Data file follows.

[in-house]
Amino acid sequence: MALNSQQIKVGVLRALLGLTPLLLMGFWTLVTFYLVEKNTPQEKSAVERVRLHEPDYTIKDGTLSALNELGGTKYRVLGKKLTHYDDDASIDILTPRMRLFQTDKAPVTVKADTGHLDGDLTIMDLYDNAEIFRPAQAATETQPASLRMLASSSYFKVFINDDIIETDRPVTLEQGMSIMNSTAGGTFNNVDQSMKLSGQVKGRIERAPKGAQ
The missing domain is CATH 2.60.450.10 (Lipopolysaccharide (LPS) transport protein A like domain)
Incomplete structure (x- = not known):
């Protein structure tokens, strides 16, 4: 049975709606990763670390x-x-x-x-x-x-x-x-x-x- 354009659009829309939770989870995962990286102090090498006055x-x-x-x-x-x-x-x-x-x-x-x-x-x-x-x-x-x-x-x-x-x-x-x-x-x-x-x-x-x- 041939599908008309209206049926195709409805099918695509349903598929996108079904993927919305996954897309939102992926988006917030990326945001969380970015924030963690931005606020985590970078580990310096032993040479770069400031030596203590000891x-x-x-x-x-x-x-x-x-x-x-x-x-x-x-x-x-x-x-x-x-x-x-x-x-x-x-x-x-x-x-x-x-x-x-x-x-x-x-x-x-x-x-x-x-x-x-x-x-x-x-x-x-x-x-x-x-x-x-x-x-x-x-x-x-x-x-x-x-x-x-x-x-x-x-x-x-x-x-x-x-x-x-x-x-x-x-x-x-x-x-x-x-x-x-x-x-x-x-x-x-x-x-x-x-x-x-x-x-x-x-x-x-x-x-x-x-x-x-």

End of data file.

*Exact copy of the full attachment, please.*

[in-house]
Amino acid sequence: MALNSQQIKVGVLRALLGLTPLLLMGFWTLVTFYLVEKNTPQEKSAVERVRLHEPDYTIKDGTLSALNELGGTKYRVLGKKLTHYDDDASIDILTPRMRLFQTDKAPVTVKADTGHLDGDLTIMDLYDNAEIFRPAQAATETQPASLRMLASSSYFKVFINDDIIETDRPVTLEQGMSIMNSTAGGTFNNVDQSMKLSGQVKGRIERAPKGAQ
The missing domain is CATH 2.60.450.10 (Lipopolysaccharide (LPS) transport protein A like domain)
Incomplete structure (x- = not known):
């Protein structure tokens, strides 16, 4: 049975709606990763670390x-x-x-x-x-x-x-x-x-x- 354009659009829309939770989870995962990286102090090498006055x-x-x-x-x-x-x-x-x-x-x-x-x-x-x-x-x-x-x-x-x-x-x-x-x-x-x-x-x-x- 041939599908008309209206049926195709409805099918695509349903598929996108079904993927919305996954897309939102992926988006917030990326945001969380970015924030963690931005606020985590970078580990310096032993040479770069400031030596203590000891x-x-x-x-x-x-x-x-x-x-x-x-x-x-x-x-x-x-x-x-x-x-x-x-x-x-x-x-x-x-x-x-x-x-x-x-x-x-x-x-x-x-x-x-x-x-x-x-x-x-x-x-x-x-x-x-x-x-x-x-x-x-x-x-x-x-x-x-x-x-x-x-x-x-x-x-x-x-x-x-x-x-x-x-x-x-x-x-x-x-x-x-x-x-x-x-x-x-x-x-x-x-x-x-x-x-x-x-x-x-x-x-x-x-x-x-x-x-x-």